ONE of the most senior Jewish community figures told MSPs that many Jews are “actively considering” emigrating from Scotland over rising levels of anti-Semitism.

Ephraim Borowski, the director of the Scottish Council of Jewish Communities (SCoJeC) said that members of the ethnic minority have discussed leaving after feeling “alienated, vulnerable and not at home”.

Jackson Carlaw, the acting leader of the Scottish Tories whose Eastwood seat contains a sizeable Jewish population, said: "Scotland's Jews are entitled to feel safe, to feel valued and to look forward with the same optimism as any of us."

A recent report by the EU Agency for Fundamental Rights found that almost 90% of respondents across European countries believed instances of anti-Semitism had increased over the past five years.

Only a small proportion of UK-based Jews live in Scotland, but there have been recorded incidents of anti-Semitism north of the Border.

Borowski, who was awarded an MBE for his service on behalf of the Jewish community, made a presentation last year to the Scottish Parliament’s cross party group on freedom of religion or belief.

The meeting took place in February, but the contents of the discussion were not reported at the time. The minute recounted parts of his contribution:

“The general message is not that it is terrible being Jewish in Scotland. But in recent years there has been a very worrying increase in the level of anti-Semitism in the country, with the result that many Jewish people report they are actively considering emigrating from Scotland.”

On anti-Semitism more broadly, he said what was most concerning was when Jews were “treated differently” to everyone else and “singled out”.

He cited the Macpherson report, which considered racism in the Metropolitan police force, which he said backed the principle that if a “victim or witness says that a crime was racist then it has to be taken at a prima facie level as racist”.

The minute quoted Borowski adding: “That principle is only challenged in the context of anti-Semitism. People saying that some action or statement is not anti-Semitism. This is others trying to define the Jewish communities hurt.”

According to the minute, the SCoJec director also said that the small number of reported incidents did not “necessarily” mean Scotland was more welcoming, noting that the country only has about 2% of the UK’s Jewish population: “Mostly the Jewish community used to feel that Scotland was a good place to be Jewish but for many that has reversed. Many Jews actively discuss leaving Scotland because they feel alienated, vulnerable and not at home.”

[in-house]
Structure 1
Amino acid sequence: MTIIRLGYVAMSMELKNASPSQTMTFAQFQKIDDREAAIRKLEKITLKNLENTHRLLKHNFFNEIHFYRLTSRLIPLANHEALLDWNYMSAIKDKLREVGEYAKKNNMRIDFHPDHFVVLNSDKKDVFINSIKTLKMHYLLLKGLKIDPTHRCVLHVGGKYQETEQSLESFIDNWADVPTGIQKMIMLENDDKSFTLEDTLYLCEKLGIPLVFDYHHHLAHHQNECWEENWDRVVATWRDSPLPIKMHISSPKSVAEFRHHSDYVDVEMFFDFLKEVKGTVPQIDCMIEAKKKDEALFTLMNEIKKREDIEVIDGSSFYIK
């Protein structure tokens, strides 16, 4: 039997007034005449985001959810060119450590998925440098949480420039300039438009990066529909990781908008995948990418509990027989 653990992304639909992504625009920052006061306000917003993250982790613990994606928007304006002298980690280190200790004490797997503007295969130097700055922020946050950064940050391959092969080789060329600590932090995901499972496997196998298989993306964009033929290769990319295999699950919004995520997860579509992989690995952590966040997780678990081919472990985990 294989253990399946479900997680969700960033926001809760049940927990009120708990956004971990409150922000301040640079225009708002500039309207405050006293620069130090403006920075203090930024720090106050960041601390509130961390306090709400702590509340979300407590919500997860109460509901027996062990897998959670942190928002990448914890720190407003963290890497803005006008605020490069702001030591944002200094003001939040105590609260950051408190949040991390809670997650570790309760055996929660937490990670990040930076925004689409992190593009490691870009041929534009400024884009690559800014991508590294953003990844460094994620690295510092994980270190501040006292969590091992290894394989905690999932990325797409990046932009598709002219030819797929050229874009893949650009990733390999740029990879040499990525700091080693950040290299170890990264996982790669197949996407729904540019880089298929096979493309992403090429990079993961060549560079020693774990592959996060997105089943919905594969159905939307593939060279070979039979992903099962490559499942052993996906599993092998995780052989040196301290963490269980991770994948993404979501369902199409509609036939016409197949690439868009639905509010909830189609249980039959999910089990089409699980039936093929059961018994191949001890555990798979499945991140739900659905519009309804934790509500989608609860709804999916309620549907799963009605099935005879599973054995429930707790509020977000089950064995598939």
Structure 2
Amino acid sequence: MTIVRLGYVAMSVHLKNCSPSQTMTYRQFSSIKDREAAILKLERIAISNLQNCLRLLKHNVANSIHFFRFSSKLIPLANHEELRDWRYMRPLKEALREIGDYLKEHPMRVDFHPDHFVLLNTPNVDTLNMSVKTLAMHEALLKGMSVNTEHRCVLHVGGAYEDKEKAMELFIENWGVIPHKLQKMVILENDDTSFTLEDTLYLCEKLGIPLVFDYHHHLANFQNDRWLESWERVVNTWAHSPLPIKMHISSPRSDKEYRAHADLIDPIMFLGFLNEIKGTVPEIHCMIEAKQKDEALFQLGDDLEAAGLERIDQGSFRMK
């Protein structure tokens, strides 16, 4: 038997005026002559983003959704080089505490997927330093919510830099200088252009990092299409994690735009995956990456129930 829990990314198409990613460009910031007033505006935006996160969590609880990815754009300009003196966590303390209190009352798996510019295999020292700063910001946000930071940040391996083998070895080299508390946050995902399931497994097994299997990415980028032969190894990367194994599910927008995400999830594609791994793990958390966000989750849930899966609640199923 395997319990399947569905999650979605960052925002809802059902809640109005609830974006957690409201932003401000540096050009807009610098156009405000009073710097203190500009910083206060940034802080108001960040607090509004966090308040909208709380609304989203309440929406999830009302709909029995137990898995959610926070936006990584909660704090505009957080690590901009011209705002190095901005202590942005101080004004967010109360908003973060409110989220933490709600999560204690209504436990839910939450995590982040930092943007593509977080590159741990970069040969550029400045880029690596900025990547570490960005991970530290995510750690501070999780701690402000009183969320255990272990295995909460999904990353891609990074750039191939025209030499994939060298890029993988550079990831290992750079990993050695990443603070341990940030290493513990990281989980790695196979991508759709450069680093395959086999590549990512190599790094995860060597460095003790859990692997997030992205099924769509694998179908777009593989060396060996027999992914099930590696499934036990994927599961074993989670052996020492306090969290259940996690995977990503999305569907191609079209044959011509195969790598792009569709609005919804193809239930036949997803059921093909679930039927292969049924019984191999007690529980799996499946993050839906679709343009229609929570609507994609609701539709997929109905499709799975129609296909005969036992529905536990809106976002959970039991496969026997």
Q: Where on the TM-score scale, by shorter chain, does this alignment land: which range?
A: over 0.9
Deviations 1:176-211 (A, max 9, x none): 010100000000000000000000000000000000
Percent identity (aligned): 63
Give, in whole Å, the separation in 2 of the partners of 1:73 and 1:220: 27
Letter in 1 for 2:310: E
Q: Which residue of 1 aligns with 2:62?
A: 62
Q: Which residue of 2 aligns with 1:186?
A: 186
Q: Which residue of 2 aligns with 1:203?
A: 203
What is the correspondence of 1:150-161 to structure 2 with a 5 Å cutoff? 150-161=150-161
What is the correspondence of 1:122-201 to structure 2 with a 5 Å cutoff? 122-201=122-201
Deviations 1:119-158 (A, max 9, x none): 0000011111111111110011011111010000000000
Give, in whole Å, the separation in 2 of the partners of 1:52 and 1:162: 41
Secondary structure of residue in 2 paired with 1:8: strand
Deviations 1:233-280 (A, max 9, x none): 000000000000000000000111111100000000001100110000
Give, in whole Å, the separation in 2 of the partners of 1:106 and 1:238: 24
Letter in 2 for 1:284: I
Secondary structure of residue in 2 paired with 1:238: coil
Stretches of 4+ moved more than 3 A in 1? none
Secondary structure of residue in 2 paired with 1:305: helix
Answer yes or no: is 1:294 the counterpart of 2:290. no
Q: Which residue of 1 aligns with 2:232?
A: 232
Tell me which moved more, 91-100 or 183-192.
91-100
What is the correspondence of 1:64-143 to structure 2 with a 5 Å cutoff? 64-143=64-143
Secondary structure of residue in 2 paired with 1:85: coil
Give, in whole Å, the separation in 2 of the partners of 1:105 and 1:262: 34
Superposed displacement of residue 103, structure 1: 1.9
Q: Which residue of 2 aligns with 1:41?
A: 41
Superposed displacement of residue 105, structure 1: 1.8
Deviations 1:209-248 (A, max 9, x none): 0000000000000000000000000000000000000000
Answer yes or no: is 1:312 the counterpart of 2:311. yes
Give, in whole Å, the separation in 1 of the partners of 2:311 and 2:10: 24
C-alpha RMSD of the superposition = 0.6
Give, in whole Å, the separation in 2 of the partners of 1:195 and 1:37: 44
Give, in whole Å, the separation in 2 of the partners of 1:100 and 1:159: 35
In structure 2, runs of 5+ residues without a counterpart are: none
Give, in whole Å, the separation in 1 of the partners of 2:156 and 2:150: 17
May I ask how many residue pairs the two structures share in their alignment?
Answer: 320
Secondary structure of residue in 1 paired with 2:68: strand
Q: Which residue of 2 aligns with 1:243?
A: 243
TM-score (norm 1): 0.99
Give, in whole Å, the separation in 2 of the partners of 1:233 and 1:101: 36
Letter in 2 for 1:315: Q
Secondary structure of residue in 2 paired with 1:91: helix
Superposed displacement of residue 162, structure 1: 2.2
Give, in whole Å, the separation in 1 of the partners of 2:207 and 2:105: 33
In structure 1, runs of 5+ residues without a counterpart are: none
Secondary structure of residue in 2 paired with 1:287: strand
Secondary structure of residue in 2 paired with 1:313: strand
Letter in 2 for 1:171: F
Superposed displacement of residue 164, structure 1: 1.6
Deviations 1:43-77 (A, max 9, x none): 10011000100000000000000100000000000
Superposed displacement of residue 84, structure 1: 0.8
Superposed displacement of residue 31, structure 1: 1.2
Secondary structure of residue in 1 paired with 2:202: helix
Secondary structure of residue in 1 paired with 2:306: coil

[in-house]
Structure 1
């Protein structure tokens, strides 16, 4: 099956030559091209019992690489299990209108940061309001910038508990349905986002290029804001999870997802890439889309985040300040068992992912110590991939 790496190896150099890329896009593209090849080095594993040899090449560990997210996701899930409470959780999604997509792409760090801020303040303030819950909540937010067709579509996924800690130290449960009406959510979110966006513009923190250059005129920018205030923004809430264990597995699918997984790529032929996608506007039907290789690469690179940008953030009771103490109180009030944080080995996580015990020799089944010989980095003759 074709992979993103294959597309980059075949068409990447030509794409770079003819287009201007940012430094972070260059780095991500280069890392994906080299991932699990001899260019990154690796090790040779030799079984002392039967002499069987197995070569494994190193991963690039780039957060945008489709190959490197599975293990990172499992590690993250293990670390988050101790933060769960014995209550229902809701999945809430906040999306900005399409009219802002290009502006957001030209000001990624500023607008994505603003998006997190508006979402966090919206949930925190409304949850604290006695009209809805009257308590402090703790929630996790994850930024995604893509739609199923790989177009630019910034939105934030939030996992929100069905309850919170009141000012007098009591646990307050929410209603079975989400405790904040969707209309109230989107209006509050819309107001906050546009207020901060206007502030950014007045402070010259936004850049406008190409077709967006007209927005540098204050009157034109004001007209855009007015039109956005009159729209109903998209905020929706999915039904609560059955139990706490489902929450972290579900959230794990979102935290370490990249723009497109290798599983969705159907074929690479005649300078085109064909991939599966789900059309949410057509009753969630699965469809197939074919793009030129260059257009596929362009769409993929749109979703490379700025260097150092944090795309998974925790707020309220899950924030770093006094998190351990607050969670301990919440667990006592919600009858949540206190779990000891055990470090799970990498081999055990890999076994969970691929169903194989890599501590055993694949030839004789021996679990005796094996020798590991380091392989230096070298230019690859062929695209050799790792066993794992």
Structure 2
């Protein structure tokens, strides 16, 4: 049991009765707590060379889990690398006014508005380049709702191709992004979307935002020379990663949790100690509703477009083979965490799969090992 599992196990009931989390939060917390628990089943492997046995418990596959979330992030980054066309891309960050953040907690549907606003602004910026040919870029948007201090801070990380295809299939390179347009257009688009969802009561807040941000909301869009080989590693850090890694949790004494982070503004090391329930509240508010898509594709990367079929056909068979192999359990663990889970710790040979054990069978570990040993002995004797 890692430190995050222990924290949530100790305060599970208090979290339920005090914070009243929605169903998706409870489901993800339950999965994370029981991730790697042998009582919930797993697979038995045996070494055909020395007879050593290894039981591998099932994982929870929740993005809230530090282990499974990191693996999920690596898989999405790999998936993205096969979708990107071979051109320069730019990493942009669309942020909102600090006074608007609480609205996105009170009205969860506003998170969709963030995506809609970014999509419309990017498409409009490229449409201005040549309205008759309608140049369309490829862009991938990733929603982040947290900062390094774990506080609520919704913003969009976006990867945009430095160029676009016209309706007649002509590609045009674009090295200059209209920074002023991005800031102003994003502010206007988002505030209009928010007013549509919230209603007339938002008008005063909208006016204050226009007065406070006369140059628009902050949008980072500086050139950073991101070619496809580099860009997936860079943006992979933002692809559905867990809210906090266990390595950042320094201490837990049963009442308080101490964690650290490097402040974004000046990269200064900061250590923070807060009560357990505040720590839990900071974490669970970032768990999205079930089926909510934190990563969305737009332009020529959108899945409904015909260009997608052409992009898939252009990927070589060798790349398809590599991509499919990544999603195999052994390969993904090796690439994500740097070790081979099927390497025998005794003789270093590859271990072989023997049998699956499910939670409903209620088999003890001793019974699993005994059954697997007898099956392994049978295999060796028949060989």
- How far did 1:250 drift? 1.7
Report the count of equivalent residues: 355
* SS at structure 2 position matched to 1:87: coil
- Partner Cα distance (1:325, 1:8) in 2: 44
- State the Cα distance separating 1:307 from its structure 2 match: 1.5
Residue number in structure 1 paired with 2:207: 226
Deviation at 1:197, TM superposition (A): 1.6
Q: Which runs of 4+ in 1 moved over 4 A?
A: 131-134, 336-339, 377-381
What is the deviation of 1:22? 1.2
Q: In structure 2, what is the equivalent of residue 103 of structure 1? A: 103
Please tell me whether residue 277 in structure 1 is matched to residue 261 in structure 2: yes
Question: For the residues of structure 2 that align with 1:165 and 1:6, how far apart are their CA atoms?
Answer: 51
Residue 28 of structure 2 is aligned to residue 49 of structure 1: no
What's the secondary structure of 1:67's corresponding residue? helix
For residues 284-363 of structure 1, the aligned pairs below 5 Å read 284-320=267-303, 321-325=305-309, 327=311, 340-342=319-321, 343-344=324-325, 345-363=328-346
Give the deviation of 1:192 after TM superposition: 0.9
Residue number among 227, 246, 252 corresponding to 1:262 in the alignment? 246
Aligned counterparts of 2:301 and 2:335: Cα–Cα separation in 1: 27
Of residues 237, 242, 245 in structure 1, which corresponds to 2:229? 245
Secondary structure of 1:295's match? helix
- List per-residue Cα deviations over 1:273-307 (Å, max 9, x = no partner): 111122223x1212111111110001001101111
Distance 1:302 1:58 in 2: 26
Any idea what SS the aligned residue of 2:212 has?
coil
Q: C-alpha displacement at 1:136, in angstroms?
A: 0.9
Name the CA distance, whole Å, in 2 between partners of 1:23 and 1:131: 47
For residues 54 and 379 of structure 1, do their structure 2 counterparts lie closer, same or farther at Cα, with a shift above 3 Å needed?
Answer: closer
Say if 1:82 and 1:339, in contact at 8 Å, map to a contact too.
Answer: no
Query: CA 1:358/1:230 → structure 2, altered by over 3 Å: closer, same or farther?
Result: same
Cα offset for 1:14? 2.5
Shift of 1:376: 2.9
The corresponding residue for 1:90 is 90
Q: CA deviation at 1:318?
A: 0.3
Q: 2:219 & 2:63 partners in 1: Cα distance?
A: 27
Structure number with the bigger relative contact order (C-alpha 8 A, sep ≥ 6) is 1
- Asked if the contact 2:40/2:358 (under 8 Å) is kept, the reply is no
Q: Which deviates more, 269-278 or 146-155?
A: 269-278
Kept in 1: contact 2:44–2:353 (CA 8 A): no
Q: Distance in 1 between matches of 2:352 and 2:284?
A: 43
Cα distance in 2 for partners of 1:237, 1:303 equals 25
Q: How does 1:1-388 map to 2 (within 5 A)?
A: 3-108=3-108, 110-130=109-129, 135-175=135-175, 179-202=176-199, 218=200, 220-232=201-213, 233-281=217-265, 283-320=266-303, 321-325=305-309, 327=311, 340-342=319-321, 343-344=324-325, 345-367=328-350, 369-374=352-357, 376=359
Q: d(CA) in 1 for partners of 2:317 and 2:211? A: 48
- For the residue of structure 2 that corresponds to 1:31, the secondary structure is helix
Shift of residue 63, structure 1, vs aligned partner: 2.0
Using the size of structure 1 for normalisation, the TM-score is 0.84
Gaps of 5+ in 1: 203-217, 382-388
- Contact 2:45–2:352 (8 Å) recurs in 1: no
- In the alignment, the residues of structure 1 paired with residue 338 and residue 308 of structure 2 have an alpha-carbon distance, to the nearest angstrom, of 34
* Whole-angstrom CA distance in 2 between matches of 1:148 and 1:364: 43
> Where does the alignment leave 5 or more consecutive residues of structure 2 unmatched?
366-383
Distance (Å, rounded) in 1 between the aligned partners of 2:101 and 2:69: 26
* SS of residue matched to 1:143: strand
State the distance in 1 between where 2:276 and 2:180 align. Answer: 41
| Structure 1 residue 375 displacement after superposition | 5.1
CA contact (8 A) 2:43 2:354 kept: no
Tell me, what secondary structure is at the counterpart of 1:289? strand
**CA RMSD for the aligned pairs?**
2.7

The claim reflects the figures in the EU Agency for Fundamental Rights report, published last month, which found that 38% of Jews surveyed said that they had considered emigrating from their country over the past five years, with the highest proportions found in Germany, France and Belgium.

The survey also found that three-quarters of Jewish people in the UK perceived anti-Semitism to be generally a very big or a fairly big problem, with 29% having considered emigrating.

Asked by The Herald on Sunday how widespread the emigration view is in the Jewish community in Scotland, Borowski pointed to SCoJec research from 2015 in which one-third of respondents explicitly talked about a heightened level of anxiety, discomfort, or vulnerability.

He also said that, as part of the survey, five people told SCoJec without being prompted that they were considering leaving Scotland.

The row on anti-Semitism in the UK last year focused heavily on the response by the Labour party to allegations of anti-Jewish sentiment, with various members either being suspended or expelled.

Leader Jeremy Corbyn, who apologised for the hurt caused to Jewish people, was also criticised for his party’s initial refusal to endorse in full an international code on antisemitism.

Corbyn had originally backed the International Holocaust Remembrance Alliance definition, but not all of its associated examples. He later performed a U-turn.

Mark Gardner, director of communications at the Community Security Trust, a charity set up to ensure the safety of the Jewish community in the UK, said of the Borowski comments:

“This is an accurate summary of the fact that despite the many positives of Scottish Jewish life, many Jews are still considerably more nervous about the state of antisemitism, politics and society than was the case 10 or 20 years ago.

“A similar trend can be seen in Jewish communities across Europe and in this context, Scotland and indeed the UK as a whole remain relatively better than elsewhere.”

Liberal Democrat MP Christine Jardine said: “It’s truly horrifying that more and more Scottish Jews do not feel welcome in their own country, and would actually consider moving away.

“The Scotland I love is an open, tolerant and welcoming place for people of all religions and none. There should be no place in our society or politics for anti-Semitism or racism. Politicians of all parties must be vocal in condemning the disturbing rise of anti-Semitism.”